SCOTUS Extends Homosexual Rights to Include Birth Certificates That Name Unrelated Spouse as Second Parent

A six-justice majority has extended homosexual rights to same-sex couples by ordering the state of Arkansas to allow a non-related or same-sex spouse be named as the second parent on a child’s birth certificate, with Chief Justice John Roberts joining Ruth Bader Ginsberg, Sonia Sotomayor, Elena Kagan, Anthony Kennedy and Stephen Breyer.

Justices Clarence Thomas, Neil Gorsuch and Samuel Alito dissented in a decision that reverses what until now was a space on one’s birth certificate reserved for the opposite-sex spouse. Both the majority and minority opinions held opposing views on whether the Arkansas law reserves the parental space on the birth certificate for biological parents.

“When a married woman gives birth in Arkansas, state law generally requires the name of the mother’s male spouse to appear on the child’s birth certificate—regardless of his biological relationship to the child. According to the court below, however, Arkansas need not extend that rule to similarly situated same-sex couples: The State need not, in other words, issue birth certificates including the female spouses of women who give birth in the State. Because that differential treatment infringes Obergefell’s commitment to provide same-sex couples ‘the constellation of benefits that the States have linked to marriage’ … we reverse the state court’s judgment.

“The State uses those certificates to give married parents a form of legal recognition that is not available to unmarried parents. Having made that choice, Arkansas may not, consistent with Obergefell, deny married same-sex couples that recognition.”

Writing for the dissenting justices, Gorsuch wrote, in part:

“To be sure, Obergefell addressed the question whether a State must recognize same-sex marriages. But nothing in Obergefell spoke (let alone clearly) to the question whether §20–18–401 of the Arkansas Code, or a state supreme court decision upholding it, must go. The statute in ques- tion establishes a set of rules designed to ensure that the biological parents of a child are listed on the child’s birth certificate. Before the state supreme court, the State argued that rational reasons exist for a biology based birth registration regime, reasons that in no way offend Oberge- fell—like ensuring government officials can identify public health trends and helping individuals determine their biological lineage, citizenship, or susceptibility to genetic disorders. In an opinion that did not in any way seek to defy but rather earnestly engage Obergefell, the state supreme court agreed. And it is very hard to see what is wrong with this conclusion for, just as the state court recognized, nothing in Obergefell indicates that a birth registration regime based on biology, one no doubt with many analogues across the country and throughout history, offends the Constitution. To the contrary, to the extent they speak to the question at all, this Court’s prec- edents suggest just the opposite conclusion.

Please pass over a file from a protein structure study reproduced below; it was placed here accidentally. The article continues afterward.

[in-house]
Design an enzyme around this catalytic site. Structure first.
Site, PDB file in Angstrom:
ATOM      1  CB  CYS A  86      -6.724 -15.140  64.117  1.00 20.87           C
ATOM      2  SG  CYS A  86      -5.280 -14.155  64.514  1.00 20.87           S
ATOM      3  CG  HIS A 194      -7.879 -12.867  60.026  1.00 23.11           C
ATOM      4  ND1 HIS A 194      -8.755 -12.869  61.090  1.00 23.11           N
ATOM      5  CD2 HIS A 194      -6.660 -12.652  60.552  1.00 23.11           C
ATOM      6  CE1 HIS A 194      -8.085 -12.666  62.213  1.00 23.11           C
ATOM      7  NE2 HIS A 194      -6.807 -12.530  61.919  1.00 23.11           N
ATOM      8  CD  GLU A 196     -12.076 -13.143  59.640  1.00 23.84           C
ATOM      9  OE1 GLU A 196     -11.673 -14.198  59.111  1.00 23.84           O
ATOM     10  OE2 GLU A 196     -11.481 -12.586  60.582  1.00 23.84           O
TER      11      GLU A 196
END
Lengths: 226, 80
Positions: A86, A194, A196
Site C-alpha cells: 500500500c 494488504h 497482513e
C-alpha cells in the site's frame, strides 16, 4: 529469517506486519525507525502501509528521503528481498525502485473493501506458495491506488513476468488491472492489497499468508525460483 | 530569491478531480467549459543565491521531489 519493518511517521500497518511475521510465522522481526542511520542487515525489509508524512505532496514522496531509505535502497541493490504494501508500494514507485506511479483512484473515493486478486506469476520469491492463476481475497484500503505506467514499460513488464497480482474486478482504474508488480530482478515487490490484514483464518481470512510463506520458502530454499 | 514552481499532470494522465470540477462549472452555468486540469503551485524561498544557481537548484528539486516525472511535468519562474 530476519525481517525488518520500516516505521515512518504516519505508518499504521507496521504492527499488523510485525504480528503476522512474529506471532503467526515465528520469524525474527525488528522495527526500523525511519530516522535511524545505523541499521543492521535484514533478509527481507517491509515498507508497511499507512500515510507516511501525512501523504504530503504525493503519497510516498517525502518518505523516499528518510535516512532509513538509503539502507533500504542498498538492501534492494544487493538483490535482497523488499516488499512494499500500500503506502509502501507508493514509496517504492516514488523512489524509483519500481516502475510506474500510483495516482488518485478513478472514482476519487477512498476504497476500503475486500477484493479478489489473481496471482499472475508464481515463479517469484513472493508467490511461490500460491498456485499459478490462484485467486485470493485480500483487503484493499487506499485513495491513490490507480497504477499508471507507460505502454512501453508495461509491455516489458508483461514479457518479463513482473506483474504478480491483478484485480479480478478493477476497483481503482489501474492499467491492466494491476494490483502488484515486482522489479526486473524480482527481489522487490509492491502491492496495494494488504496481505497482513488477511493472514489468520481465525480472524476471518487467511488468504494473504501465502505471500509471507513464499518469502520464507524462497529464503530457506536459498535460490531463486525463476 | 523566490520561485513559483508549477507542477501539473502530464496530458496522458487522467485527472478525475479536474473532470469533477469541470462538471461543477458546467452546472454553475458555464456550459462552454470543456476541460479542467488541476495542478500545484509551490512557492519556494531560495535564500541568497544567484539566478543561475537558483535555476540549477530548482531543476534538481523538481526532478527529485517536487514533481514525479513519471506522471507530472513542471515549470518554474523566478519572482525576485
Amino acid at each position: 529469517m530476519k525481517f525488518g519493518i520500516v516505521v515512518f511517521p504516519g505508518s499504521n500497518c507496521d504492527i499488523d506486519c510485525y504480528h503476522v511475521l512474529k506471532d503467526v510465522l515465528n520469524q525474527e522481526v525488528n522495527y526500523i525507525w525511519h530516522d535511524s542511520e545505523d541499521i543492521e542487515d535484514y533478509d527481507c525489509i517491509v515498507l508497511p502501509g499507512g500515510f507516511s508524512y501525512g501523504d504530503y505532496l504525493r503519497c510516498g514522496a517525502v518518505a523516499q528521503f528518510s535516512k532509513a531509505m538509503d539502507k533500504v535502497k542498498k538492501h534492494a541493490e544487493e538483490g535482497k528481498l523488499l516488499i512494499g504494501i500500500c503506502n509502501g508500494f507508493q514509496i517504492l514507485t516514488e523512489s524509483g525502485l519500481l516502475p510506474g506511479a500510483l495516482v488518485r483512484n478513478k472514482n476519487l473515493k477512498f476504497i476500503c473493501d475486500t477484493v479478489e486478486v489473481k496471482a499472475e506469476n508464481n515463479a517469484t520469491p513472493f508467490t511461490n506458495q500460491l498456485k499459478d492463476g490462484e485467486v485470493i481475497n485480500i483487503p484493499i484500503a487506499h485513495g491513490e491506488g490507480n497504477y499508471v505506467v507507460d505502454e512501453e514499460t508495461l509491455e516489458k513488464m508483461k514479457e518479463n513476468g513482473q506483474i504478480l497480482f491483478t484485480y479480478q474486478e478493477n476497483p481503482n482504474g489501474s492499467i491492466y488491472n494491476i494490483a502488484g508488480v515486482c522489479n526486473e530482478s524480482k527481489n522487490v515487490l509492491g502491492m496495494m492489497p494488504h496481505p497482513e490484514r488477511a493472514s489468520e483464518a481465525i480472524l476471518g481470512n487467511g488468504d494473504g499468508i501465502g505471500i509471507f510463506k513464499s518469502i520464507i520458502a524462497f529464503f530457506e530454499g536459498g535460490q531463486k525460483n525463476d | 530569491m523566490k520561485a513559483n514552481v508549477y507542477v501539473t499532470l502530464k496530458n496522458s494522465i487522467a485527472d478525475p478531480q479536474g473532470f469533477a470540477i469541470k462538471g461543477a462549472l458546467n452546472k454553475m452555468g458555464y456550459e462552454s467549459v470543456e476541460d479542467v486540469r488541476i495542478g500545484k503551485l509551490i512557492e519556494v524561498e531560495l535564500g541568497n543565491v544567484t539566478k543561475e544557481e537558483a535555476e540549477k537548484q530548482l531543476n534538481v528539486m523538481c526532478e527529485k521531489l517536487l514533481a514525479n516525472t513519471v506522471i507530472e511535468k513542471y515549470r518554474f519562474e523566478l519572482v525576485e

The statute in question establishes a set of rules designed to ensure that the biological parents of a child are listed on the child’s birth certificate. Before the state supreme court, the State argued that rational reasons exist for a biology based birth registration regime, reasons that in no way offend Obergefell—like ensuring government officials can identify public health trends and helping individuals determine their biological lineage, citizenship, or susceptibility to genetic disorders.”

The question before the court in Pavan v. Smith was “whether a state violates the 14th Amendment by denying married same-sex couples the same right afforded to married opposite-sex couples under state law to have the name of the birth mother’s spouse entered as the second parent on their child’s birth certificate.”

In this case, according to court documents, the respondents, who were the plaintiffs in the lower-court action, are three female same-sex married couples and their children. One spouse in each married couple gave birth to a child.

When the Department of Health declined to issue a birth certificate with both spouses listed as parents, respondents filed suit in circuit court seeking a declaration that petitioner’s refusal to issue a birth certificate with both spouses listed violated their constitutional rights, as well as a declaration that certain statutory provisions were unconstitutional. Respondents also sought to enjoin enforcement of petitioner’s policy against naming both spouses on the birth certificate under these circumstances and an order requiring petitioner to issue corrected birth certificates naming both spouses.


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